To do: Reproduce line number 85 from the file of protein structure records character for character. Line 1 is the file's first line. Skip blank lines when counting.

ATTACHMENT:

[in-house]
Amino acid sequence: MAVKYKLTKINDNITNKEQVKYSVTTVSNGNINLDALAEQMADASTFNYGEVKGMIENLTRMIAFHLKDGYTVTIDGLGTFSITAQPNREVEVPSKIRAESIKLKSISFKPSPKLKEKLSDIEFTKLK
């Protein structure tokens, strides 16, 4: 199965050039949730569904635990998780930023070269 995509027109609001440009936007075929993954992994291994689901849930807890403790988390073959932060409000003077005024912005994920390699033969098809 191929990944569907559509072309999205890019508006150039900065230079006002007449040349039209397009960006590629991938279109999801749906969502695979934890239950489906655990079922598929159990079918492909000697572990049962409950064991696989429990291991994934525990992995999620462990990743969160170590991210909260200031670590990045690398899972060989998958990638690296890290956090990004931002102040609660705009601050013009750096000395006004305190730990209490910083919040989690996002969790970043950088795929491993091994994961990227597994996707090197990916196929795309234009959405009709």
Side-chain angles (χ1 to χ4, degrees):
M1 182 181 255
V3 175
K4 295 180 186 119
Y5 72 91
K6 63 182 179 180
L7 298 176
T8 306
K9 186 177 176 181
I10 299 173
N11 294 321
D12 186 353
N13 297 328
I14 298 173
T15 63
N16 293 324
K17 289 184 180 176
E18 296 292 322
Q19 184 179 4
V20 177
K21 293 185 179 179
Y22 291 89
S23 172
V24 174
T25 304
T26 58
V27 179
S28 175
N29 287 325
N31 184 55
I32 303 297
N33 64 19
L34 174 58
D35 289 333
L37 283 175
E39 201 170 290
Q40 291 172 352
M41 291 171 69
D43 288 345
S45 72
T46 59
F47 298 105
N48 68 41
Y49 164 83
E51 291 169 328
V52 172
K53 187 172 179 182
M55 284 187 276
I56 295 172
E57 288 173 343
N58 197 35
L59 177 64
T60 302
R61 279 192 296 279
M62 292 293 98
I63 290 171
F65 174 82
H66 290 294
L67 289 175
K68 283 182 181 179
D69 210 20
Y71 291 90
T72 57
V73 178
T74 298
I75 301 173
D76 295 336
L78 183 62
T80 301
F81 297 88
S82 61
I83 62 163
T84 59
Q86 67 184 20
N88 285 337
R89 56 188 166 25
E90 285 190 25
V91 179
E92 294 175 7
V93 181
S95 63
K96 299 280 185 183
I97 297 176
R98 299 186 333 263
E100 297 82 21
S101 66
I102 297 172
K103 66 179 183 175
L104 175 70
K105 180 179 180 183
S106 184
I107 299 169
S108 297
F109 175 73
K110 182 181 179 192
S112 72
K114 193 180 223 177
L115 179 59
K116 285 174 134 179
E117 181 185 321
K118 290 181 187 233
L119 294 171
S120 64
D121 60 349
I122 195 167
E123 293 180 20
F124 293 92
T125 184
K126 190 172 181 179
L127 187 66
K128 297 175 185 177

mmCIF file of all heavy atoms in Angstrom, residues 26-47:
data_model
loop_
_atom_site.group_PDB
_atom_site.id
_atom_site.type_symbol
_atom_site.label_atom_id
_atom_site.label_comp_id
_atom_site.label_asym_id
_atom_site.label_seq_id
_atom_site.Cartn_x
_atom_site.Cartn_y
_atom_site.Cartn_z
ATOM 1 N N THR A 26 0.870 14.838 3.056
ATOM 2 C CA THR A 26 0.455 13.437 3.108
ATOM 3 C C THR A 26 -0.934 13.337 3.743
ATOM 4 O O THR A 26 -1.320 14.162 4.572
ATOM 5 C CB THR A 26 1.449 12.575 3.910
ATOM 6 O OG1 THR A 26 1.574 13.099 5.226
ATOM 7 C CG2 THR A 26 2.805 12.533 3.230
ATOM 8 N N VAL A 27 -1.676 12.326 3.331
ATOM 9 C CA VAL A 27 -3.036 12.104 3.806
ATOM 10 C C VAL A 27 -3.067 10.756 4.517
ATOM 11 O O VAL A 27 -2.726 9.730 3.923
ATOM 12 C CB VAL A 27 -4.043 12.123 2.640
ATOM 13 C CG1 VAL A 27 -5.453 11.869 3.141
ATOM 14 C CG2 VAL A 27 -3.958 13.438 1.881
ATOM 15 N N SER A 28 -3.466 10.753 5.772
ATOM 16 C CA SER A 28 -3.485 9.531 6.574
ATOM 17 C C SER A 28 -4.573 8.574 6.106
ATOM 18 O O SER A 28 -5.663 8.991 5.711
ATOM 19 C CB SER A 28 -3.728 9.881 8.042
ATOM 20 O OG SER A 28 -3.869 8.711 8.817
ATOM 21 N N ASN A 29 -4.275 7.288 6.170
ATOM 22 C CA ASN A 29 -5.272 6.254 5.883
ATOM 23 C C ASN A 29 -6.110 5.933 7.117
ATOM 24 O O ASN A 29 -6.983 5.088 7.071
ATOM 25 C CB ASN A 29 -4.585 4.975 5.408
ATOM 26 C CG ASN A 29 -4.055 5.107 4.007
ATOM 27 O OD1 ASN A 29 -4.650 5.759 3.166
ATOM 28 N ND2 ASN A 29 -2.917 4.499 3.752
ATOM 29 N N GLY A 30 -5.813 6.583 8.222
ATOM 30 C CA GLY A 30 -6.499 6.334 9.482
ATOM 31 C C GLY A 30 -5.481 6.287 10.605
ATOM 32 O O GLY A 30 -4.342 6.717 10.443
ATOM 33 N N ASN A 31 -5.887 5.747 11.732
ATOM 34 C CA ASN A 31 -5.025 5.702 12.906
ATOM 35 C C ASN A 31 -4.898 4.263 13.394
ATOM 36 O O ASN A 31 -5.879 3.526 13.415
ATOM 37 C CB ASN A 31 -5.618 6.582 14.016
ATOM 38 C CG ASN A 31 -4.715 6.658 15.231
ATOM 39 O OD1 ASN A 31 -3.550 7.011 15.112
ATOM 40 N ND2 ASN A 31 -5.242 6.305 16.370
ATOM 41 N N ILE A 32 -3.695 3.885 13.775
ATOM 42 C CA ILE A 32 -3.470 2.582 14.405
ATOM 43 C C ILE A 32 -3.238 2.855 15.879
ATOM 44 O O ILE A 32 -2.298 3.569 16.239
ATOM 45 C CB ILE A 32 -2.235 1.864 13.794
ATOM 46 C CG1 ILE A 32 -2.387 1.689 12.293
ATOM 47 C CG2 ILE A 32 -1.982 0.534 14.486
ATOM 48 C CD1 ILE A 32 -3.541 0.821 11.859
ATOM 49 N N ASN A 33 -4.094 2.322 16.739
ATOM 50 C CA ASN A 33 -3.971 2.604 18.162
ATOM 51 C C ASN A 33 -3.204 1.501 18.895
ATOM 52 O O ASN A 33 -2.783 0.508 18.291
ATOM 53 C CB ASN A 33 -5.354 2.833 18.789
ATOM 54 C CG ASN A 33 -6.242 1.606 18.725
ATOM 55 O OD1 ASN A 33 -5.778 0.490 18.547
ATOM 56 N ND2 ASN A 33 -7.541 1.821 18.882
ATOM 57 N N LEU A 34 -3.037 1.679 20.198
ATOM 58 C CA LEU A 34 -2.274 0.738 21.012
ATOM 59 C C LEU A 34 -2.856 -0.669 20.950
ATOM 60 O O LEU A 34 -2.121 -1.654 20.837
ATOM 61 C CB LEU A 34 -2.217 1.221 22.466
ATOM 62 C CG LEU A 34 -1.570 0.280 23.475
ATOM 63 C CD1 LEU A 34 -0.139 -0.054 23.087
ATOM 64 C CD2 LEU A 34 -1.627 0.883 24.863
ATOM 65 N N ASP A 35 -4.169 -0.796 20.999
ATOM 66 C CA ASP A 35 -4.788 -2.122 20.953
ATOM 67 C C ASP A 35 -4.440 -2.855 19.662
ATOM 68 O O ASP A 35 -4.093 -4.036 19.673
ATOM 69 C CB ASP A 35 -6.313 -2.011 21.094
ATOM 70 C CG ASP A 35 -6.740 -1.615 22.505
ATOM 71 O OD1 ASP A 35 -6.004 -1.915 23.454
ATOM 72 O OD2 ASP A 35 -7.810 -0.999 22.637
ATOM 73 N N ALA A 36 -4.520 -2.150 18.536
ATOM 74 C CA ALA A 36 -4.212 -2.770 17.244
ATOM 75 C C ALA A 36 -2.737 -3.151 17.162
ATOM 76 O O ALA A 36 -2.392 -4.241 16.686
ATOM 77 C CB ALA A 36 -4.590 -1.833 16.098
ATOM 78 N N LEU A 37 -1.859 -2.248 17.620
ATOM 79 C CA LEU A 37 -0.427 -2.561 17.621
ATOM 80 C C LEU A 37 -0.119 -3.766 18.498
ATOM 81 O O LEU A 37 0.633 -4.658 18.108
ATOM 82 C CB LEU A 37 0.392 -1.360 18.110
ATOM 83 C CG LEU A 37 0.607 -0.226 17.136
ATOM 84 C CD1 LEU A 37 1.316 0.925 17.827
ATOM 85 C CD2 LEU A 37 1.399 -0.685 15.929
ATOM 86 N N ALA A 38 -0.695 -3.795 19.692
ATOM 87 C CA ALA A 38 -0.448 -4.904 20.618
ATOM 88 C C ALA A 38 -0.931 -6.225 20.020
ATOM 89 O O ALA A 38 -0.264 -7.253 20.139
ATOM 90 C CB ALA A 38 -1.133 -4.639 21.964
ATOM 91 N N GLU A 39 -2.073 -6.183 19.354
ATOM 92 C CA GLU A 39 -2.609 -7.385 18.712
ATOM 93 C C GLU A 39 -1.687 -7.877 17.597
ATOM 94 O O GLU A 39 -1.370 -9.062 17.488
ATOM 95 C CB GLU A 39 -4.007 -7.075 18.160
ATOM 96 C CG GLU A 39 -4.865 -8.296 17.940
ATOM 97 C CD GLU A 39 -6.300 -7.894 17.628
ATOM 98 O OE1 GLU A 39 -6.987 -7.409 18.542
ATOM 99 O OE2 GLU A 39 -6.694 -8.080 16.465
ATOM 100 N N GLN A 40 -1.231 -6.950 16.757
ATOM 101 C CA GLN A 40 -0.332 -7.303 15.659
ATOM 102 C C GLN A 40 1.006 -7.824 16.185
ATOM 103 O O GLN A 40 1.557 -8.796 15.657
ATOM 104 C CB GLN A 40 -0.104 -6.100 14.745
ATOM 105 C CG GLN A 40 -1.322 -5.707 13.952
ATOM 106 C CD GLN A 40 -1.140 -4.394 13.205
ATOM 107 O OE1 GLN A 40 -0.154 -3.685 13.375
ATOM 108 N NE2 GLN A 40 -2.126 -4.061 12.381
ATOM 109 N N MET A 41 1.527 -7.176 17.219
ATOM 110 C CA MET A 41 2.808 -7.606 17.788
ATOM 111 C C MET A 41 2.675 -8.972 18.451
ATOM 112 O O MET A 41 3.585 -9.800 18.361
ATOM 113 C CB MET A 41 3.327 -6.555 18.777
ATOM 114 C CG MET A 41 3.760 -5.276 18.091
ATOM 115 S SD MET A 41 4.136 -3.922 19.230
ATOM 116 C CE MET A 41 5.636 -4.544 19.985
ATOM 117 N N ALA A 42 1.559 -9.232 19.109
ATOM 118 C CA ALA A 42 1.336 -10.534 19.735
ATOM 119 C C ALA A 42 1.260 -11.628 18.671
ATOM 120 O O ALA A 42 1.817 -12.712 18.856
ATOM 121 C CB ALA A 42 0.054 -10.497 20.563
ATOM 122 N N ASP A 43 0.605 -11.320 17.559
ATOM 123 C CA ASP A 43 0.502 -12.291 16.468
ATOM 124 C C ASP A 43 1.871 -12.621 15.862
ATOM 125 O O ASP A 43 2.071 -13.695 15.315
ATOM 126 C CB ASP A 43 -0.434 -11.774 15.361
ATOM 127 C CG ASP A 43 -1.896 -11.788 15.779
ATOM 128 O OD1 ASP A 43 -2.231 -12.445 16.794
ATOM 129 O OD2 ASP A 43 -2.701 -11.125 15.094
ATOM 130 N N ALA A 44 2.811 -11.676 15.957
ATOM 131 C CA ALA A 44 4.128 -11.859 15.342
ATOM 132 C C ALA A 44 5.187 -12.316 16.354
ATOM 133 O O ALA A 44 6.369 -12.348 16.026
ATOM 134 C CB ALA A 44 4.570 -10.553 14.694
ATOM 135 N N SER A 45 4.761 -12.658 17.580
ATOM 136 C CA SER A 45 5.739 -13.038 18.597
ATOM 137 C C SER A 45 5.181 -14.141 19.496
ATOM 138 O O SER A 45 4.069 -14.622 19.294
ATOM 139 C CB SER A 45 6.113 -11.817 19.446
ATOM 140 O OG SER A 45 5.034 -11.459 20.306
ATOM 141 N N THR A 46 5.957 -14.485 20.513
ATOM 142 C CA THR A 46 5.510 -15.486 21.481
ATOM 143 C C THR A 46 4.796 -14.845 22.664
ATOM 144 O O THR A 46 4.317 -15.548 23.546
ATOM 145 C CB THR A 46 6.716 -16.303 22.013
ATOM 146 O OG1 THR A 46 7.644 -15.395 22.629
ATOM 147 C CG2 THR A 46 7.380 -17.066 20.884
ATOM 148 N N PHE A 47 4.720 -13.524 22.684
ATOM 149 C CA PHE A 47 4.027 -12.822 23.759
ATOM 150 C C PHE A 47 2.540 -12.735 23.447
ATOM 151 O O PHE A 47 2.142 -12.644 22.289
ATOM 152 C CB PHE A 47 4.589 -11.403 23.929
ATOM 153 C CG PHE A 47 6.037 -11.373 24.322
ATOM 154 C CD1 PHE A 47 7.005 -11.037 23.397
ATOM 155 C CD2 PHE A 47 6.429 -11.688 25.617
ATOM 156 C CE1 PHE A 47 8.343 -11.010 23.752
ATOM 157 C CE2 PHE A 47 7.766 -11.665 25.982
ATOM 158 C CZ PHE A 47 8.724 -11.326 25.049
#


K96 299 280 185 183